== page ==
Some in-house lawyers have a reputation of protecting their clients right out of business. In endless negotiations over all possible hypothetical scenarios, they slow down and draw out the deal-making process until the whole thing falls apart.
But others are actively fighting the stereotypes, changing perceptions, and becoming essential partners in the process of making deals. Here are their secrets:
1. Don’t avoid risk: manage it.
Corporate counsel are blessed with an extra sense: between each set of lines in a proposed contract, they can perceive a new form of terrible danger.
You are highly trained to think in hypotheticals, second-guess every word, and sniff out risk wherever it may lurk. Those are valuable skills. But at the same time, there is no powerful business decision that didn’t carry a hefty share of risk. Risk rides alongside opportunity. In our current economy, the greatest risk of all is that fear will stop the company from seizing new opportunities and moving forward, paralyzing it into obsolescence.
Risk avoidance should never be your main goal when reviewing a potential deal. Work with the executive team to understand what levels of risk are tolerable. Lean on tactics such as mitigation or risk transfer. Search for changes that will help the business confront and weather problems when they arise. You’ll gain a reputation as a lawyer who isn’t afraid of new steps, and actively helps the company move forward.
2. Become a master negotiator
When negotiation skills are taught in law school, they’re usually geared toward the adversarial process of litigation. But the context is usually different for in-house lawyers trying to facilitate favorable deals for their client. Instead of holding diametrically opposed interests, both parties often desire a similar, mutually-beneficial outcome. Instead of seeking one ‘win’, the parties benefit from maintaining relationships of trust that facilitate future transactions.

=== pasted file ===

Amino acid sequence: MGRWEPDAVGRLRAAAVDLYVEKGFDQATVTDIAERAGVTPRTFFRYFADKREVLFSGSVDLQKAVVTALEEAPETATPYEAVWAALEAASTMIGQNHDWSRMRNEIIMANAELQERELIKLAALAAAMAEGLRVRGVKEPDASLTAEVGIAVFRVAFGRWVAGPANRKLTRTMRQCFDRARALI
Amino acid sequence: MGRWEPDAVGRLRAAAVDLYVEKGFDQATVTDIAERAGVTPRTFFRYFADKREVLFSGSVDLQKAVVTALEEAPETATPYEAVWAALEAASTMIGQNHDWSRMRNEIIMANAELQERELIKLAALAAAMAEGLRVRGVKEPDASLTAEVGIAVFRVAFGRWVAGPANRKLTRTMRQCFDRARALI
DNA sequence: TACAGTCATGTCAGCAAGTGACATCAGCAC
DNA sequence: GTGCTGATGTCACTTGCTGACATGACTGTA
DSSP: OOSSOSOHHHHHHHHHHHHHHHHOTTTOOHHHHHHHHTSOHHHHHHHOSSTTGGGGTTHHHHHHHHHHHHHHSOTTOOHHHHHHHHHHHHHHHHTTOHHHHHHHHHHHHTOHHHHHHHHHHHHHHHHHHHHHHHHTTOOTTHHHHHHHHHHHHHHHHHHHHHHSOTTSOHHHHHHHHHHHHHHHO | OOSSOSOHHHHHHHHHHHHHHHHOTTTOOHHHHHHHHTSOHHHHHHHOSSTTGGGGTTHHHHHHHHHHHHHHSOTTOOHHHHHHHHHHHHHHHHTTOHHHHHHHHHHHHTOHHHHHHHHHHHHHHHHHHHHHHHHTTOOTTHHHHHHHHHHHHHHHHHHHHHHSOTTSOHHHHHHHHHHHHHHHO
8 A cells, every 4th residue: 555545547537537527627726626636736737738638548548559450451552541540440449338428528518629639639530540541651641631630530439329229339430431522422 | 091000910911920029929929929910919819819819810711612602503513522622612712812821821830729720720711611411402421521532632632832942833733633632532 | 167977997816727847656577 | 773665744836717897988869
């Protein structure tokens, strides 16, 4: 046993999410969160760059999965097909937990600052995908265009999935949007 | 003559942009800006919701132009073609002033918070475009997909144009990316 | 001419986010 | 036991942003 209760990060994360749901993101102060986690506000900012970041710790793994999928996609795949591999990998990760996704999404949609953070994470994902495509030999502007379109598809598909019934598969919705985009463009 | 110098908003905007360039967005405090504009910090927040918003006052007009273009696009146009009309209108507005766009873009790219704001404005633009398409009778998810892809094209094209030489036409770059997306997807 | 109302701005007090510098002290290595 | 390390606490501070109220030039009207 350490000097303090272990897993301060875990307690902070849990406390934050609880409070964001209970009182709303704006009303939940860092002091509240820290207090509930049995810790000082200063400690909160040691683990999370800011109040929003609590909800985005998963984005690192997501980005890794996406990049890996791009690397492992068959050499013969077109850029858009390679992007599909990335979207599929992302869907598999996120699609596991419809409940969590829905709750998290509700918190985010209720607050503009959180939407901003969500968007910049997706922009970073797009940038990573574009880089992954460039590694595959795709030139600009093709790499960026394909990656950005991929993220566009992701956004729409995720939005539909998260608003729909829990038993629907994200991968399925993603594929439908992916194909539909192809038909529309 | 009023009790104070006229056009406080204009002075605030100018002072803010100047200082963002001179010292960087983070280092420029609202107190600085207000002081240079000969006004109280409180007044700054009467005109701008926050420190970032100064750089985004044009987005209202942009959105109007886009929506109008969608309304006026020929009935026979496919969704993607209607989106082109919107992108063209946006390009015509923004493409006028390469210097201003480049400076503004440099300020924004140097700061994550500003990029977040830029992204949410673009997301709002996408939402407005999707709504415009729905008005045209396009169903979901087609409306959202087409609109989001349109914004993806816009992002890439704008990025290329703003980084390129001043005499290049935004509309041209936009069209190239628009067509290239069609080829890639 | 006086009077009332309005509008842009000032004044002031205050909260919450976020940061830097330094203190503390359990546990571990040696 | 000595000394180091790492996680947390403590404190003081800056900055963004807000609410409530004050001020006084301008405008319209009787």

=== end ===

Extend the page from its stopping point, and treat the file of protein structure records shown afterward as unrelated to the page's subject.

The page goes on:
In this context, it’s more important to ask questions, listen to the needs of the other side, and build rapport. To enhance your skills, look into some of the new books about business negotiation or take advantage of local or online courses designed to teach business negotiation to lawyers.
3. Champion the right technology
When your in-house clients see you as a bottleneck, it can create a sense of resentment and isolate you from other departments and leadership. At its worst, this perception can lead to risky behavior, as others withhold information or try to circumvent legal ‘red tape.’
One way to begin changing perceptions is by implementing in-house legal software that speeds up and simplifies the deal-making process. Human-centered contract management software helps you come to agreement faster. New contracts can be automatically drafted from templates, and changes can be negotiated in a clear, accessible process that builds trust. They can also help sales teams understand when they’re empowered to move forward on their own and when they need to return to the legal team for guidance.
By offering smart solutions, you’ll come to be seen as a forward-thinking and tech-savvy partner in the process of making deals.
4. Never stop building your internal network
Before you even start negotiating with external partners, you need to understand the needs, goals, and values of your own in-house client. In addition to supporting the company’s overarching vision, you should build trust with various department heads and individual leaders. When you help build understanding and smooth out potential conflict internally, others will intuitively understand that you’re someone who can help the company reach agreements externally as well.
Listen, learn, and earn the trust of your in-house clients. These relationships will not only make you more effective in your work, they will also change the way others perceive you, ensuring that you’re no longer stereotyped as a bottleneck, but honored as an in-house deal maker.